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Among life’s super-stressful activities, moving to a new home ranks right up there. This is true for your dog as well. New spaces, unfamiliar sounds, a new yard, and new people and pets in the neighborhood. It can be really exciting, but also daunting, to move your dog to a new home.
And although you may have the luxury of chilling out with a glass of red wine to ease moving stress, or venting to a friend, sadly, your beloved pup does not have those choices.
With this in mind, here are some tips for introducing your dog to a new home:
Pack For Your Move Gradually
During the weeks when you are packing up your house, do your best to stay calm. There are plenty of things to get finished, from gathering packing supplies to organizing your moving boxes and there’s no doubt that can be stressful and even nerve-wracking. But your dog will pick up on your emotions and also feel uneasy if you’re super-stressed.
During this transition, if you can remain organized and collected and pack up over time, your dog will feel more at ease.
Find a New Vet Before You Move
Your current vet may have recommendations for an alternative in your new neighbourhood. Or, if you’re relocating for work, check with your new employer. Their HR department may have referral services.
If your chosen vet’s office isn’t open 24/7, also find an emergency vet in your new area who’s available at all hours. Add the vet’s phone number and address to your phone, and learn how to find your way there, just in case.
Get Your Pup’s New ID Tags Now
You should also get a new ID tag for your dog, and put it on before you move; many dogs get anxious and may try to run away in the first days in a new home. With many new smells and sounds, if your dog does run away during the first few days at your new home they may have less of an idea of where to come back to, which is why having these new tags is so important.
Check Your New Home for Pet Hazards
Check your new house for possible pet hazards carefully before you move in. And check high and low. To check for hazards on the floor, stoop down to your dog’s level, and also check at levels where your dog might be able to climb or leap. Even if your dog isn’t a climber, stress can be triggered by a new environment and contribute to unusual behavior.
Be especially careful to look for:
- Possible poisons: Household cleaners, antifreeze, paint, pesticides, and unknown houseplants.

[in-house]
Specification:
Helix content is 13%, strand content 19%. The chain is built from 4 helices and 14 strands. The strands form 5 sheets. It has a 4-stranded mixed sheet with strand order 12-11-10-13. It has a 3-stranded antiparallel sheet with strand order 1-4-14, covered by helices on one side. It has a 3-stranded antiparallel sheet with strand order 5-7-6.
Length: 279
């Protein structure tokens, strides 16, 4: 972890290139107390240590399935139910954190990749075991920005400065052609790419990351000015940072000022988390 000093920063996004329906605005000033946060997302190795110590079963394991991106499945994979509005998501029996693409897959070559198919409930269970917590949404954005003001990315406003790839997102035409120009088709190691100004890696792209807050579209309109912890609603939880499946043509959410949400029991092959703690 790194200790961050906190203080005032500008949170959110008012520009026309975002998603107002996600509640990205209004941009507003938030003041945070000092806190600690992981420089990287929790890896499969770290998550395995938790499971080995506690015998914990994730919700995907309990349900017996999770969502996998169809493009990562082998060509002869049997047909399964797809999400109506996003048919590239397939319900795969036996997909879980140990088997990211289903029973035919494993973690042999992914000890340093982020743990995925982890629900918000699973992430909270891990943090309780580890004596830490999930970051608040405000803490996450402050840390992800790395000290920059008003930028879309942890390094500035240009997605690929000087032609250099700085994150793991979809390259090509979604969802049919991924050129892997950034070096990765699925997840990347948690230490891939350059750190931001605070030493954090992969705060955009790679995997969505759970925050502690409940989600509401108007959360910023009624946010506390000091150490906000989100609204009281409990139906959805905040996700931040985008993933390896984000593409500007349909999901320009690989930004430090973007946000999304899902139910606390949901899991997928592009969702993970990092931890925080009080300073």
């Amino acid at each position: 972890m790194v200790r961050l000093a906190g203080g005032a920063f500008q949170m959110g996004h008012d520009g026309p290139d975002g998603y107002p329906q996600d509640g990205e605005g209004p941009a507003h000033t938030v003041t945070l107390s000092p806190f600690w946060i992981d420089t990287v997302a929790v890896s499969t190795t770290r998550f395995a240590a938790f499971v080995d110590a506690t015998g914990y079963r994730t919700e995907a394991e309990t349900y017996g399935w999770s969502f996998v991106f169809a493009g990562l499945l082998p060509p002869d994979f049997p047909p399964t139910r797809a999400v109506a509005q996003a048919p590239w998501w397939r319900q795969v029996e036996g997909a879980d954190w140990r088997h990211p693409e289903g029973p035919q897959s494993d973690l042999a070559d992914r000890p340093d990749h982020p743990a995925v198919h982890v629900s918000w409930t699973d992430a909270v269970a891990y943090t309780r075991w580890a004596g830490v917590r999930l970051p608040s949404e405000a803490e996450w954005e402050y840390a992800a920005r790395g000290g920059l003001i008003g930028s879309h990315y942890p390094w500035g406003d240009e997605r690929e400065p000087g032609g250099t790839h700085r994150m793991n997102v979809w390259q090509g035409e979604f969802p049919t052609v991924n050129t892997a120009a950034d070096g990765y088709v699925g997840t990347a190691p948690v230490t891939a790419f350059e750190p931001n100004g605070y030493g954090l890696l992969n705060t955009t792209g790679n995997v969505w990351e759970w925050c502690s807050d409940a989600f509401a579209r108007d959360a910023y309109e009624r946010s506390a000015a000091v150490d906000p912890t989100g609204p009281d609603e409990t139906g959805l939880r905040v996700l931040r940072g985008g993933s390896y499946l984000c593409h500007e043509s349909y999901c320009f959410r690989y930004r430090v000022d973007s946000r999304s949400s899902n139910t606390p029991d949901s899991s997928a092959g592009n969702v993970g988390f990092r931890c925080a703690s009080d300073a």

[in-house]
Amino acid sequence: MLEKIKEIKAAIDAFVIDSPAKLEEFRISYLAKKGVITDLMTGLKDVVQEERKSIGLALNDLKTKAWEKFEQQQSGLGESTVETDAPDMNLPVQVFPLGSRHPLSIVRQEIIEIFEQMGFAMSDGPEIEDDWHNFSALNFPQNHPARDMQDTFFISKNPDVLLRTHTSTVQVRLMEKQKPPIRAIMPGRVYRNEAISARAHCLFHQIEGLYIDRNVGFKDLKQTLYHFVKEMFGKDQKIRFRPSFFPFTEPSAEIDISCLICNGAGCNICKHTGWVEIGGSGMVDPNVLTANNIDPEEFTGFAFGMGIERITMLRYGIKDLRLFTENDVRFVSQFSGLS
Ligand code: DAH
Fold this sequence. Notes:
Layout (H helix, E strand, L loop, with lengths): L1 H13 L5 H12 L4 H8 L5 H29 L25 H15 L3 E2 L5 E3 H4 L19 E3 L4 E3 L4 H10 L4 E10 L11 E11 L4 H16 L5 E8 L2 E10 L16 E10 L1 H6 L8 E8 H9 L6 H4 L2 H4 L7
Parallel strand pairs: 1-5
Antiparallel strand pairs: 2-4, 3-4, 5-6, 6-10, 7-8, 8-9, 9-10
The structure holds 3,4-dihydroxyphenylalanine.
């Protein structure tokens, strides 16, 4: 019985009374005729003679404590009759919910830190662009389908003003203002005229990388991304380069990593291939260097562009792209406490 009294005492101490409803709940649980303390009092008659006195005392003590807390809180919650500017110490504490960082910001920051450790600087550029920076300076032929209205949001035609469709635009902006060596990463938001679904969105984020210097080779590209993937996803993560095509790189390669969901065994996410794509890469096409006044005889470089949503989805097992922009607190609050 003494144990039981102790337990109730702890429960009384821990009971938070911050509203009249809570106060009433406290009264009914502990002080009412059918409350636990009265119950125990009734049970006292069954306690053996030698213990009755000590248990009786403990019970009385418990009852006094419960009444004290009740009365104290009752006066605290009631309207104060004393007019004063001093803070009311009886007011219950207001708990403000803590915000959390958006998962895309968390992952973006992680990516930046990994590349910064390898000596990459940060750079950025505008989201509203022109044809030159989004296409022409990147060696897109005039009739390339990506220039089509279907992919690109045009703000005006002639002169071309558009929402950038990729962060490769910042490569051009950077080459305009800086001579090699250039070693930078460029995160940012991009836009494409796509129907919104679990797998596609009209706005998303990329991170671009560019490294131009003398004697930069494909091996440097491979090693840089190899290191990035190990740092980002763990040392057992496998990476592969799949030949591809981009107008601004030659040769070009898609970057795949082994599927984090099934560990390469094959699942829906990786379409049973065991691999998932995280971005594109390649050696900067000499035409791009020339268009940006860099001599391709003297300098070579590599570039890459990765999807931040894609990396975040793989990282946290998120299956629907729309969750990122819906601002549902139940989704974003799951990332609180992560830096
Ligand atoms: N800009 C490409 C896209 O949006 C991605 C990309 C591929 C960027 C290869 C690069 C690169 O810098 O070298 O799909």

- Choking hazards: Give your house a clean sweep before moving in and look for buttons, needles, Legos and other tiny toys or game pieces that may have been left on the floor.
- Make sure window blinds and shades are well out of reach.
- Check electrical or heat sources: Be on the lookout for malfunctioning small appliances, too easy to access fireplaces, and trailing electrical cords.
- Check for escape routes: Make sure fences and gates are closed and look for loose or missing window screens.
Make The Introduction to Your Pup’s New Home Fun
If at all possible, place your dog’s bed and toys, as well as their water and food dishes, in your new home before arriving. This will let the dog know that this is their space now and it will be comforting to them to have familiar items and smells.
When you first arrive with your dog after moving to your new home, take them to the backyard to relieve themselves in the area you prefer. Showing your dog where the proper place to use the bathroom is located right away will help them learn this fast. Next, walk through the house and let your dog sniff around to their heart’s content.
Try not to leave them alone during the first day in the new home, they may be nervous and you are what they are most familiar with. If you do need to leave your dog in your new home alone, consider finding a new local pet sitter or using a pet camera to track how their day is going.
Introducing your dog to their new home can be difficult, but with patience and hard work, they will feel at home in no time, and, with a happy pooch, so will you. And by the way, most of these tips apply to felines too!